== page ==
The Joplin Globe, Joplin, MO

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January 11, 2013

Joe Hadsall: Working on kid's iPod causes worker sympathy

JOPLIN, Mo. — Foxconn, the Chinese plants where iPods are made, was the focus of plenty of news coverage last year when stories about its miserable working conditions -- including crammed living quarters, long shifts and safety nets to alleviate suicide attempts from workers jumping off the roof -- got out.

After working on my stepson's iPod Touch last weekend, I kind of see the point.

I've written before about the wonders of the Internet in obtaining repair manuals for electronic devices. I have repaired lawnmowers, cars, laundry appliances and bathroom fixtures thanks to Internet resources.

That has extended to working with small electronics: I have replaced the screen on a netbook and the battery in my 30-GB fifth-generation iPod.

Seeing the inside of a netbook is stunning enough -- the way the components are wrapped around the motherboard in a way to make everything fit inside the space of a keyboard is absolutely incredible. Same with the iPod, when I changed the battery. It was hard for me to believe that my entire CD collection and more was in a chip about the size of a stamp.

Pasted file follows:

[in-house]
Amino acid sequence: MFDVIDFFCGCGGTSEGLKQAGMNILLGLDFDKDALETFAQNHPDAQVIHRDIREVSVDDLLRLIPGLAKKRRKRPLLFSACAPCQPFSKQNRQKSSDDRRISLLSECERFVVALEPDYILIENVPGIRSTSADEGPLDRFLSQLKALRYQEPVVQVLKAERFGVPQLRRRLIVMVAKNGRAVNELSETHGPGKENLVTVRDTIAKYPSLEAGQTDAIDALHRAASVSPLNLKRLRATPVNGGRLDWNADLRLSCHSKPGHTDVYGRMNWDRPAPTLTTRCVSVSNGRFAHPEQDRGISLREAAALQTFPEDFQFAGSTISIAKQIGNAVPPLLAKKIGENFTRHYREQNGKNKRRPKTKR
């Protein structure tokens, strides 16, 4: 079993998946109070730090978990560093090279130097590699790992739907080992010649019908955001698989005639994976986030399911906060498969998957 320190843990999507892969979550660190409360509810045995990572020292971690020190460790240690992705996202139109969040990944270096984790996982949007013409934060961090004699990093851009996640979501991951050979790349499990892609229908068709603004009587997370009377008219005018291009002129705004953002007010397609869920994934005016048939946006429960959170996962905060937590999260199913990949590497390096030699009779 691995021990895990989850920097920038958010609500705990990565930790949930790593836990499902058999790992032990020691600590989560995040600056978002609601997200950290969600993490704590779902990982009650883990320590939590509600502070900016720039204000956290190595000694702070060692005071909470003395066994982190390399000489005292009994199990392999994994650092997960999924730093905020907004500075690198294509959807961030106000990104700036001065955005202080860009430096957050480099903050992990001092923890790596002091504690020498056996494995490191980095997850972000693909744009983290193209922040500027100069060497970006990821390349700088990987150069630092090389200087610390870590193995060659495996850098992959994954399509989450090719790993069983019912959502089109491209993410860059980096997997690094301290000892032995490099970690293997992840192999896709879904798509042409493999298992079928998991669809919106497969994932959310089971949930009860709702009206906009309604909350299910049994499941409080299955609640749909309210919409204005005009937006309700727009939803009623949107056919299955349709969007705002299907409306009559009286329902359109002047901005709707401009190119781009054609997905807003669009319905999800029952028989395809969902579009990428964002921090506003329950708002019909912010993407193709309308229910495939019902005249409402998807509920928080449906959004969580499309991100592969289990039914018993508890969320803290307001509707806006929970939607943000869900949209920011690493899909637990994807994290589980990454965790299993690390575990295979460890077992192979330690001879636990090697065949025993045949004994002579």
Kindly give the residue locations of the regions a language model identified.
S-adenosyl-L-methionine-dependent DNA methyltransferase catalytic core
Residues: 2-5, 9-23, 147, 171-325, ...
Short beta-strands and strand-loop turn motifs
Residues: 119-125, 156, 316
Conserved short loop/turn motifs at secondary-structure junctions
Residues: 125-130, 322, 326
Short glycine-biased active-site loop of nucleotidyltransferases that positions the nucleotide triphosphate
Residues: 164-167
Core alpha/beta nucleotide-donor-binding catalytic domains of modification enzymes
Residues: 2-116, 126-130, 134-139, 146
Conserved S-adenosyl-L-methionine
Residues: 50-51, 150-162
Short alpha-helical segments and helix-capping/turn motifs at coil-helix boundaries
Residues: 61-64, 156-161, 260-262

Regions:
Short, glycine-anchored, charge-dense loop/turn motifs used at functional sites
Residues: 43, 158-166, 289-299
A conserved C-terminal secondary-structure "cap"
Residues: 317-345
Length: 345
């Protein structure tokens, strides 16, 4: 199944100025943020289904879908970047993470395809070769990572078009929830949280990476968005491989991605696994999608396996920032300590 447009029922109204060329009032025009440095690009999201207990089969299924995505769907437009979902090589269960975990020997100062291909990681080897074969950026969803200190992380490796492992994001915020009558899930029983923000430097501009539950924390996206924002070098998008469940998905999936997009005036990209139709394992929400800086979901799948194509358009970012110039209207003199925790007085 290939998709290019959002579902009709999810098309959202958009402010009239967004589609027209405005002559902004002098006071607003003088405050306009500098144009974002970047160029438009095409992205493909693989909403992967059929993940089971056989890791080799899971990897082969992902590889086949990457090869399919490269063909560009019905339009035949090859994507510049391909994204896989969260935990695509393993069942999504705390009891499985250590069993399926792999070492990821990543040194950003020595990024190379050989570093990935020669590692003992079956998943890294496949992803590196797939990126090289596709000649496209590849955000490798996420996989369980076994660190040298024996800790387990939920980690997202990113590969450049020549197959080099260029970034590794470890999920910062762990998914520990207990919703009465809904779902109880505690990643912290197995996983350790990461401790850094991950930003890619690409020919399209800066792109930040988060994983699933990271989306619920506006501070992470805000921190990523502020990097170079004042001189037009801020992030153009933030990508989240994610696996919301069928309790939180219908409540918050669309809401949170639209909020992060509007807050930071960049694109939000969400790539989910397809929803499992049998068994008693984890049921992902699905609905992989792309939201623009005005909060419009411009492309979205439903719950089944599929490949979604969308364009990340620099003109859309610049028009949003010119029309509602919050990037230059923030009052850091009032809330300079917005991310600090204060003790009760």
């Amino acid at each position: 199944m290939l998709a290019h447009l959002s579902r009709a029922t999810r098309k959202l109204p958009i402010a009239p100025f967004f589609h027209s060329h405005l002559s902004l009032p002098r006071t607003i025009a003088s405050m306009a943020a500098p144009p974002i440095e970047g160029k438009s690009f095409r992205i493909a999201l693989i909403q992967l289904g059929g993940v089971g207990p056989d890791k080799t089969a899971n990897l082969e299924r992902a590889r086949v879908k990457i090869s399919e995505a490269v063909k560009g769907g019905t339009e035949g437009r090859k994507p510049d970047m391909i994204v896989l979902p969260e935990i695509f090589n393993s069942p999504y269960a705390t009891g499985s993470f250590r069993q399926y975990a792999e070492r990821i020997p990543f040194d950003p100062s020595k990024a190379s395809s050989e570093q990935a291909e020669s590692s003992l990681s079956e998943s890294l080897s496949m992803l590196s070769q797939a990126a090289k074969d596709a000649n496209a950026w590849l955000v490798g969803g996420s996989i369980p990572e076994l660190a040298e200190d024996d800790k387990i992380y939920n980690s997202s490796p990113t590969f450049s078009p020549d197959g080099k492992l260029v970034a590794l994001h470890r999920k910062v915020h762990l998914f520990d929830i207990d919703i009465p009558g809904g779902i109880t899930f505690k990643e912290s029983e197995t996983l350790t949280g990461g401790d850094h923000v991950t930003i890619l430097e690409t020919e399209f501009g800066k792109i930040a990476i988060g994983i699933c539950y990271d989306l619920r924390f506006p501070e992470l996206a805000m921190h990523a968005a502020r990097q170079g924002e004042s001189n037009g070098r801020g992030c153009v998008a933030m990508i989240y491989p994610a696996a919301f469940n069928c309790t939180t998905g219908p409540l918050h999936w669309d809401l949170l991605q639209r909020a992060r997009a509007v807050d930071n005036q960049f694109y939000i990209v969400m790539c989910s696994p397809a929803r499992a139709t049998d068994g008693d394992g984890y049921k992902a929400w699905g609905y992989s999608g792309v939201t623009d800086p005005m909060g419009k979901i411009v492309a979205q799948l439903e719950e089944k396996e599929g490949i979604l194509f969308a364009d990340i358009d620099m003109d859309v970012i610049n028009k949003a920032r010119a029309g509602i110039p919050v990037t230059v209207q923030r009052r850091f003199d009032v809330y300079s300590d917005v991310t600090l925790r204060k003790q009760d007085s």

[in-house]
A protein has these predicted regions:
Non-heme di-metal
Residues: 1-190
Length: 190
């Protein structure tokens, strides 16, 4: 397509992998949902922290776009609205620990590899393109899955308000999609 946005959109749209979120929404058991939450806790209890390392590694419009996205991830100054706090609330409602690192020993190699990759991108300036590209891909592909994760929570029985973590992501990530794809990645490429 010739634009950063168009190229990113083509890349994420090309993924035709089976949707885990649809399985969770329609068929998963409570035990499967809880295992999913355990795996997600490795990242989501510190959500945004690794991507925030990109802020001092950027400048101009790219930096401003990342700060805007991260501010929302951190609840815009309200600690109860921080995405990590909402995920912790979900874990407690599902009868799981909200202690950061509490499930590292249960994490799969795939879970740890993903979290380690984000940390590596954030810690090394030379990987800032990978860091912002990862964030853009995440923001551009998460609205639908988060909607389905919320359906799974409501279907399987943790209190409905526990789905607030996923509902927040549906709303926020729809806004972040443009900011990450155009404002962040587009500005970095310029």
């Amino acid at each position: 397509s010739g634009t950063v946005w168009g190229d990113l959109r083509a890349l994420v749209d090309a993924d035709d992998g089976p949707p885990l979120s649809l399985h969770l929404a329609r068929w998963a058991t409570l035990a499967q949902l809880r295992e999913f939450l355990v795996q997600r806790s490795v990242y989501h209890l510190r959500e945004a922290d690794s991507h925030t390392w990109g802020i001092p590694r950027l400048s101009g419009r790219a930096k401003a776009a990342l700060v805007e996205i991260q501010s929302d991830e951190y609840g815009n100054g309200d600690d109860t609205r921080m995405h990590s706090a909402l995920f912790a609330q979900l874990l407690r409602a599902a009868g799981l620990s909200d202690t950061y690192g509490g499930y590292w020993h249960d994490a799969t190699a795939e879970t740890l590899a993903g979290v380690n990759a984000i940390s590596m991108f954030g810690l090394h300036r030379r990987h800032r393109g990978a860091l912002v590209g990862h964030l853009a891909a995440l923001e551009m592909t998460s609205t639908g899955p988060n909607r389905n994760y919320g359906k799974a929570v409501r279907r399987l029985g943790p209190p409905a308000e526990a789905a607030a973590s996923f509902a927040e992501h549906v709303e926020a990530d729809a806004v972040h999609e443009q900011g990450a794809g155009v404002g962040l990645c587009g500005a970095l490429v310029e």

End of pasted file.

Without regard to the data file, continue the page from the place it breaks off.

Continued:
But fixing Duncan's iPod Touch drove me crazy.

Duncan loves his iPod because he saved his own money for it and bought it himself (I have pictures). He uses it everywhere he can find a WiFi signal and saves up his money for games and apps.

His iPod is a symbol for a lot -- namely, his entertainment and my pride over his responsibility. He took care of that thing, keeping it clean and protected. He took better care of it than his cellphone, and the kid is awesome with his cellphone. How many 12-year-olds do you know who save up for their own iPod? Duncan is awesome.

So, when the iPod broke, we both felt like we'd been punched in the gut.

It slipped out of his pocket while he was adjusting a ceiling fan. It hit on the corner where the power button is, and the corner dent sent cracks across the screen like a glass door featured in a caught-on-video TV show.

Ouch.

The iPod still worked, it was just cracked. So, Duncan paid for a new glass screen (with his own money -- proud stepdad here) and trusted me to replace it.

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